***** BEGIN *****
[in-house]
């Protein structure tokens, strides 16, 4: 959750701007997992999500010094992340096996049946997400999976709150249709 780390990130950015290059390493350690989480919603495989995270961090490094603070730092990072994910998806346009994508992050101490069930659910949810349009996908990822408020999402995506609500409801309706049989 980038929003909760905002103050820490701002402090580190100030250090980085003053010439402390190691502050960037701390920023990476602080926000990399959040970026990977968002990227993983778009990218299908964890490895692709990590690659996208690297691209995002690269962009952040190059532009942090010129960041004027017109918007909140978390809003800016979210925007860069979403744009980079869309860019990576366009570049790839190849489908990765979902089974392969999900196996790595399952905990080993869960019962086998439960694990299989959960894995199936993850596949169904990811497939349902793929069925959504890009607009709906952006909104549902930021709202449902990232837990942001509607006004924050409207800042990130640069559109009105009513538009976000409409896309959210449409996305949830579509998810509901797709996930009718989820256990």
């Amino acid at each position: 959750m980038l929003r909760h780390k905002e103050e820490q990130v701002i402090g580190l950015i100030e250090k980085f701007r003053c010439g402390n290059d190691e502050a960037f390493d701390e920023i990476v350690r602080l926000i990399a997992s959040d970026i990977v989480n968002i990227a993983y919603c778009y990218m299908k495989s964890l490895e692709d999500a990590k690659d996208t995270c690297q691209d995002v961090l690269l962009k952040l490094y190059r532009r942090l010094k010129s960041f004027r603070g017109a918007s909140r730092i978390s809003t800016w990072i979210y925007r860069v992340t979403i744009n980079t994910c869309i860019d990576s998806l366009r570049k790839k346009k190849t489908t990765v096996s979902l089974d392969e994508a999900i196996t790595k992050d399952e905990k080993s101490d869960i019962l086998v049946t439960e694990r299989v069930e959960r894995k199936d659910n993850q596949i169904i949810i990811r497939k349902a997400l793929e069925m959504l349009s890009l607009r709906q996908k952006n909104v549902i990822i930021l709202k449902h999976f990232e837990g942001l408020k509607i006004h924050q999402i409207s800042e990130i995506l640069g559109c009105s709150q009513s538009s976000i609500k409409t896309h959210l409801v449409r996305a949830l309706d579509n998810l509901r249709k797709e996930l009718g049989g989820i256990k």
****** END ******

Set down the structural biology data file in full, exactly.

[in-house]
């Protein structure tokens, strides 16, 4: 959750701007997992999500010094992340096996049946997400999976709150249709 780390990130950015290059390493350690989480919603495989995270961090490094603070730092990072994910998806346009994508992050101490069930659910949810349009996908990822408020999402995506609500409801309706049989 980038929003909760905002103050820490701002402090580190100030250090980085003053010439402390190691502050960037701390920023990476602080926000990399959040970026990977968002990227993983778009990218299908964890490895692709990590690659996208690297691209995002690269962009952040190059532009942090010129960041004027017109918007909140978390809003800016979210925007860069979403744009980079869309860019990576366009570049790839190849489908990765979902089974392969999900196996790595399952905990080993869960019962086998439960694990299989959960894995199936993850596949169904990811497939349902793929069925959504890009607009709906952006909104549902930021709202449902990232837990942001509607006004924050409207800042990130640069559109009105009513538009976000409409896309959210449409996305949830579509998810509901797709996930009718989820256990």
């Amino acid at each position: 959750m980038l929003r909760h780390k905002e103050e820490q990130v701002i402090g580190l950015i100030e250090k980085f701007r003053c010439g402390n290059d190691e502050a960037f390493d701390e920023i990476v350690r602080l926000i990399a997992s959040d970026i990977v989480n968002i990227a993983y919603c778009y990218m299908k495989s964890l490895e692709d999500a990590k690659d996208t995270c690297q691209d995002v961090l690269l962009k952040l490094y190059r532009r942090l010094k010129s960041f004027r603070g017109a918007s909140r730092i978390s809003t800016w990072i979210y925007r860069v992340t979403i744009n980079t994910c869309i860019d990576s998806l366009r570049k790839k346009k190849t489908t990765v096996s979902l089974d392969e994508a999900i196996t790595k992050d399952e905990k080993s101490d869960i019962l086998v049946t439960e694990r299989v069930e959960r894995k199936d659910n993850q596949i169904i949810i990811r497939k349902a997400l793929e069925m959504l349009s890009l607009r709906q996908k952006n909104v549902i990822i930021l709202k449902h999976f990232e837990g942001l408020k509607i006004h924050q999402i409207s800042e990130i995506l640069g559109c009105s709150q009513s538009s976000i609500k409409t896309h959210l409801v449409r996305a949830l309706d579509n998810l509901r249709k797709e996930l009718g049989g989820i256990k």